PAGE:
Why grilling meats slowly this summer can add years to your life

Anissa Ford's picture

Summertime and the Fourth of July are all about the grill, but achtung! Research shows frying and grilling certain foods at high temps are risky precursors to disease.

When it comes to health, many people tend to only focus on their cholesterol, blood pressure, and body mass index (BMI), and overlook another key medical marker: Advanced Glycation Endproducts (AGEs).

AGEs are harmful compounds that develop in the body or are ingested through certain foods, including browned, sugary, and processed foods. “Research at the Mount Sinai School of Medicine in New York shows that frying or grilling certain foods at high temperatures produces compounds that can increase inflammation in the body” (arthritistoday.org)

The compounds "are known to be scoundrels, showing up in the blood of people with chronic diseases associated with inflammation, including diabetes, heart disease, rheumatoid arthritis and osteoarthritis. AGEs detected in blood were thought to come solely from our body’s natural supply of AGEs, but – here’s the bad news – now scientists have found that foods cooked at high temps create AGEs that can be absorbed by the body. Perhaps 10 percent of AGEs we get from eating seared burgers and fried chicken may be absorbed" (arthritistoday.org)

The A.G.E. Foundation, a nonprofit consumer awareness group, launched A.G.E. Awareness Day on summer solstice Friday.

"We launched A.G.E. Awareness Day on summer solstice, the longest day of the year as a way to connect the conversation to longevity in life." said Shon Whitney, chief executive officer, A.G.E. Foundation. "We know that people are looking for ways to live healthy, vibrant lives and the AGE conversation is an important topic that is being overlooked in today's health and wellness conversations."

A.G.E. Foundation's findings in a recent survey on eating habits and the impact of cooking methods on aging.

According to the survey, 76 percent of Americans know that eating processed food can accelerate aging. Thirty-two percent cited the manner in which the food was cooked as having an impact on aging, while just 11 percent indicated cooking food at high temperatures affected aging.

With the start of the summer season, people will be heating up the grill with limited awareness of the way to reduce AGEs. The survey showed that six in 10 people prefer grilling their meat over oven-roasting (23 percent), stir-frying (nine percent), steaming (three percent) and poaching (one percent).

"It is important for people to limit the amount of barbecued, sautéed, or even toasted food," said Michelle Davenport, Ph.D., board member, A.G.E. Foundation. "We've found that when we cook at higher temperatures, more AGEs form in the food — so our recommendation is to cook your meat at a low temperature for a longer period of time."

The survey also showed that when people are eating processed, fried or sugary foods, 81 percent are more concerned with the impact on their weight, while 58 percent are more concerned about the effect on their internal organs. More women than men worry about these issues, especially the effect these foods can have on their skin (42 percent versus 30 percent).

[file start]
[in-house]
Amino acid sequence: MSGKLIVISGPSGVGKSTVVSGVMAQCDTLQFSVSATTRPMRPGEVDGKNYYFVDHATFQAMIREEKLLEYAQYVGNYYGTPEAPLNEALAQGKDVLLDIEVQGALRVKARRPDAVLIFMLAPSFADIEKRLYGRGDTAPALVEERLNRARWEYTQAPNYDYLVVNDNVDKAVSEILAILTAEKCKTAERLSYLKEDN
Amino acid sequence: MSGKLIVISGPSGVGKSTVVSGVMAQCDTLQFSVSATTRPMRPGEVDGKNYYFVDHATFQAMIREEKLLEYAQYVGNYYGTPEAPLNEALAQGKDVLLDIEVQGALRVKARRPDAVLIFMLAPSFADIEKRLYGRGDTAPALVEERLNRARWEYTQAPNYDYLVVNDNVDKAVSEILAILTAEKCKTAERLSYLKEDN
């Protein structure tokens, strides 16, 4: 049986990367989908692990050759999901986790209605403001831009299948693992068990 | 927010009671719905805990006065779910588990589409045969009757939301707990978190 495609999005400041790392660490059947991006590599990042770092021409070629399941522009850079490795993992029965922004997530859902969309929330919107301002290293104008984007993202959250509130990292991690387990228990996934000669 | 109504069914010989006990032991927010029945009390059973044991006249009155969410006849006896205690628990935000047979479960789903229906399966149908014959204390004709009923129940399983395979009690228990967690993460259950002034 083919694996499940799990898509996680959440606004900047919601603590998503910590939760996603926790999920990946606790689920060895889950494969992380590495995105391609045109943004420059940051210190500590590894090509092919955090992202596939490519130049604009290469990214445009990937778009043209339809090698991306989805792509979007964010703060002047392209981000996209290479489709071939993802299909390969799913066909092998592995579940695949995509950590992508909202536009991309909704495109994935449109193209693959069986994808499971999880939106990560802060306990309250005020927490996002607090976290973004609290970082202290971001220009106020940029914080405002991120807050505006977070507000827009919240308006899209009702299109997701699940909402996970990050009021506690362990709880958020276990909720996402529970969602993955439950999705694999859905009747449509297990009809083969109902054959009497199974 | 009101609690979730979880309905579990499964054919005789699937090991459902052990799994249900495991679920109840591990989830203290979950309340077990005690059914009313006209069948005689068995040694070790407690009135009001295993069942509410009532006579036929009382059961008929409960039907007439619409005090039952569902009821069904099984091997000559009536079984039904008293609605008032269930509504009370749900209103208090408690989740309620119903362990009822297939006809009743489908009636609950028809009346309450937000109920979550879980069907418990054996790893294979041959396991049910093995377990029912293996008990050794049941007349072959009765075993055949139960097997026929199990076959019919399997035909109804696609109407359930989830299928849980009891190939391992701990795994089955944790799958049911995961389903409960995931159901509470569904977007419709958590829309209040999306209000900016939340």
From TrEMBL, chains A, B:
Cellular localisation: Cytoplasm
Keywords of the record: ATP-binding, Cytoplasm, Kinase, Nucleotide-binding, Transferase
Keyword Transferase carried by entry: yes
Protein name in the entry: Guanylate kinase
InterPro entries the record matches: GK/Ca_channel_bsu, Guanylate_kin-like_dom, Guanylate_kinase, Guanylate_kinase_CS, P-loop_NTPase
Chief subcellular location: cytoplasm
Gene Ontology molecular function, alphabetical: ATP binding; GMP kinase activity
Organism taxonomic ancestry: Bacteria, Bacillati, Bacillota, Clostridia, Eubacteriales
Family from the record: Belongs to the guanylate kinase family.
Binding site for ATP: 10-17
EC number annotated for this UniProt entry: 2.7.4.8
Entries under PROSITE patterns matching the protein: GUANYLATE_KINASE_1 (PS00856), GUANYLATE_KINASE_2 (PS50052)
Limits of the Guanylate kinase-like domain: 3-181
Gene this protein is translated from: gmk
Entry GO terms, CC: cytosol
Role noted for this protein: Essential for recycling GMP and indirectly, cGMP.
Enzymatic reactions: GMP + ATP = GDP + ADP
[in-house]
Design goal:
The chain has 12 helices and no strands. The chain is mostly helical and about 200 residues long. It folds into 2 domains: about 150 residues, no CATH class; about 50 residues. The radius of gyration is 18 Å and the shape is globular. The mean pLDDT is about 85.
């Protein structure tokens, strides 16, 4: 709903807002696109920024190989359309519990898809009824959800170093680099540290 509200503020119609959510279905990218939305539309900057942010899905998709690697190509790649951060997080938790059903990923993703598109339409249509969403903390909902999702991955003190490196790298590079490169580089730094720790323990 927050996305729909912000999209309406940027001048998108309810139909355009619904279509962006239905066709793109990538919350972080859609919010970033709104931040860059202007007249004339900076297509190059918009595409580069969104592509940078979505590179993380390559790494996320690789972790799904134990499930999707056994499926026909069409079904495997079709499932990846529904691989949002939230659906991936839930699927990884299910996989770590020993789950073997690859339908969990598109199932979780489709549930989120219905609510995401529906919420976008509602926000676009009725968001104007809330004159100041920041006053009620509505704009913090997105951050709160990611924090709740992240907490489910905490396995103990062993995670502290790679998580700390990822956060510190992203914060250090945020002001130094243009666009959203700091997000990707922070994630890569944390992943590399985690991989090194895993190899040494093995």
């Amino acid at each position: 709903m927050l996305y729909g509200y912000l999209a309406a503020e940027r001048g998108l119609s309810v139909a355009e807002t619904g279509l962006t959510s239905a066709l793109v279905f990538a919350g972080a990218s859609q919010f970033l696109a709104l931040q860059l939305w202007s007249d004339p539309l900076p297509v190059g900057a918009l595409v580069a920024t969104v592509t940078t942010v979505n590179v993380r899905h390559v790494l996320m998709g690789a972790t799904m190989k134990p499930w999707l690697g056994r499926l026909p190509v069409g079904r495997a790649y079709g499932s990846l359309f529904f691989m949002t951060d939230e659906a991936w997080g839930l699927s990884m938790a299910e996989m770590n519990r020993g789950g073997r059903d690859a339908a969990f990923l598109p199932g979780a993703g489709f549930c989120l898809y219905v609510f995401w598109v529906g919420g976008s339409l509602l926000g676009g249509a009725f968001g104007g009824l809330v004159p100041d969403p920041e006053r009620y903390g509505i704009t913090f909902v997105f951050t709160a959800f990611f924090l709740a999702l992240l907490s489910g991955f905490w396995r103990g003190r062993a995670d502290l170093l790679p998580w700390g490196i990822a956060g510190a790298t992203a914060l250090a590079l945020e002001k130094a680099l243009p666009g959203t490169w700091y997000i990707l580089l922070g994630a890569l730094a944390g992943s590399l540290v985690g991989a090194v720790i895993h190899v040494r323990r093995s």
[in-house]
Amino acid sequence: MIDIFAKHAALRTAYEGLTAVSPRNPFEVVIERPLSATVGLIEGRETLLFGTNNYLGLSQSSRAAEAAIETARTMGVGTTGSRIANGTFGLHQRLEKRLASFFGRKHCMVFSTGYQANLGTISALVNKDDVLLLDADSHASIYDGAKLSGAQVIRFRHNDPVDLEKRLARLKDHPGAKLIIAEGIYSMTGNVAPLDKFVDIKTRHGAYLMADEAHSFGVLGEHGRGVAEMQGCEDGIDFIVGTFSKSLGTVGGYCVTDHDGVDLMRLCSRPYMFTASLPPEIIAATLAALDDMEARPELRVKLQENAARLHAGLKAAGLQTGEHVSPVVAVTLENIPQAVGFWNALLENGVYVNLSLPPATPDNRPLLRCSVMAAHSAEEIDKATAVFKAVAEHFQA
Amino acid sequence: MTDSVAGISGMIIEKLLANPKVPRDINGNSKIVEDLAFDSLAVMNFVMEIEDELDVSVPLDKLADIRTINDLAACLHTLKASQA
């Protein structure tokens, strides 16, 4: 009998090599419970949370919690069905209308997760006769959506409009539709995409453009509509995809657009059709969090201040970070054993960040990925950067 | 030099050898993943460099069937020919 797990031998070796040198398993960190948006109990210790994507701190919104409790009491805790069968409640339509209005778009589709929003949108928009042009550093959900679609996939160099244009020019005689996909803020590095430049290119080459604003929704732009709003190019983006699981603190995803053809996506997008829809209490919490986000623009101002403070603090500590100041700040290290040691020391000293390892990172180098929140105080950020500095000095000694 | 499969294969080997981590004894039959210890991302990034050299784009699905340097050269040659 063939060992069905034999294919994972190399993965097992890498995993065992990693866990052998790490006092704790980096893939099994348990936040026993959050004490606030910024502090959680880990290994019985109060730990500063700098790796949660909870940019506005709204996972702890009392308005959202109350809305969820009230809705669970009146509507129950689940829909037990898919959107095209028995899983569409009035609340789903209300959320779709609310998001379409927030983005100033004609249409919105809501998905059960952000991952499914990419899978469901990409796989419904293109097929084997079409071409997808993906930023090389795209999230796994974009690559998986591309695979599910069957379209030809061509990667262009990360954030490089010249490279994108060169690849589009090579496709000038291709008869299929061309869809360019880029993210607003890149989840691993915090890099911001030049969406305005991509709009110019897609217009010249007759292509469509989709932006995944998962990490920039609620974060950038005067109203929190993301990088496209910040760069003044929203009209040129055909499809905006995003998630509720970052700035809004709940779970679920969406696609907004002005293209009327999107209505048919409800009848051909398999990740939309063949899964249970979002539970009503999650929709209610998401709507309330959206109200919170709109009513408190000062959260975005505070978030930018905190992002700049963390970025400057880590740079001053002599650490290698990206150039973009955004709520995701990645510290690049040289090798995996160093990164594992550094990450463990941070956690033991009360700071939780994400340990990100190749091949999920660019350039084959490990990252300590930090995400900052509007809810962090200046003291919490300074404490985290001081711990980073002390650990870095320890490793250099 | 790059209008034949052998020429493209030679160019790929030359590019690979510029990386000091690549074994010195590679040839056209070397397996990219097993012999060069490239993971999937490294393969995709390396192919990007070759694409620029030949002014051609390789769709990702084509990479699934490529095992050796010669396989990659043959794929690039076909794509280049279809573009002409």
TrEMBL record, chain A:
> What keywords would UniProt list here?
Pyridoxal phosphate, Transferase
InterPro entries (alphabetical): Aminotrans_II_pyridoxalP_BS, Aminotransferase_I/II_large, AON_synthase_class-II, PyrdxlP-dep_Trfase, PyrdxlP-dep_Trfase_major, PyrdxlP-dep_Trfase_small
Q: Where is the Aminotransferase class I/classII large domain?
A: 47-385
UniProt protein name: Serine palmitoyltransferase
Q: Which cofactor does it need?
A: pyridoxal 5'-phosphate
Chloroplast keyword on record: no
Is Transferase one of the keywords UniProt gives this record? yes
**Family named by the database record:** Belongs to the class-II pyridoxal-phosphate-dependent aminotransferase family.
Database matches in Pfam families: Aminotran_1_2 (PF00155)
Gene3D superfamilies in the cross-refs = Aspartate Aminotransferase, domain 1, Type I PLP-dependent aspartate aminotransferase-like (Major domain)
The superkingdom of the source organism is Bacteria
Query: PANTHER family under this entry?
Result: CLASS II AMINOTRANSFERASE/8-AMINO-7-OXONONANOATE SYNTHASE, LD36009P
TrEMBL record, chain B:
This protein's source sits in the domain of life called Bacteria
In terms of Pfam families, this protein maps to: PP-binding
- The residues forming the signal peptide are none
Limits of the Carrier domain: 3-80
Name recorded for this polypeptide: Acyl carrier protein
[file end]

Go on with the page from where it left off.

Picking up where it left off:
The key to lowering AGEs: reduce heat, extend cooking time and incorporate more water and acid into your food preparation. Water-based cooking methods (i.e., steaming, poaching) dramatically reduce AGEs. When asked about healthy ways to prepare meats for grilling, 34 percent of those surveyed ranked herb and oil as the healthiest, followed by "straight to the grill" at 21 percent. Only 17 percent of respondents cited an acid-based marinade as the healthiest way to prepare meats. "Adding a marinade in the form of lemon, lime or vinegar can cut AGEs by 50 percent," said Dr. Davenport.

Brightly colored fruits and vegetables and whole grains, which are low in AGEs, are also recommended. Fruits and vegetables like noni, blueberries, olives and cornelian cherries are particularly beneficial, and contain natural elements called iridoids, which can lower a person's AGE levels.

Arthritis Today offers similar suggestions:

Limit the amount of grilled, broiled, fried and microwaved meats in your diet.
Reduce the cooking temperature of meats and proteins. Steam fish and seafood, simmer chicken in a sauce and braise red meat in a cooking liquid.
Cut down on processed foods. Many prepared foods have been exposed to a high cooking temperature to lengthen shelf life, so they may have high AGE contents.
Get more fruits and veggies in your diet. Cooked or raw, they’re naturally low in AGEs, and many contain compounds such as antioxidants that can decrease some of the damage done by AGEs.

Know Your Numbers
Just like cholesterol, BMI, and blood pressure, AGE levels are also a key medical marker. Knowing AGE levels is important because it impacts how long and how well you live. In addition to eating a healthy, fresh diet and preparing low-AGE level foods, it's important to quit smoking, exercise regularly, get the recommended amounts of sleep, and control stress levels to achieve an AGE-less lifestyle.

sources: arthritistoday.org, The A.G.E. Foundation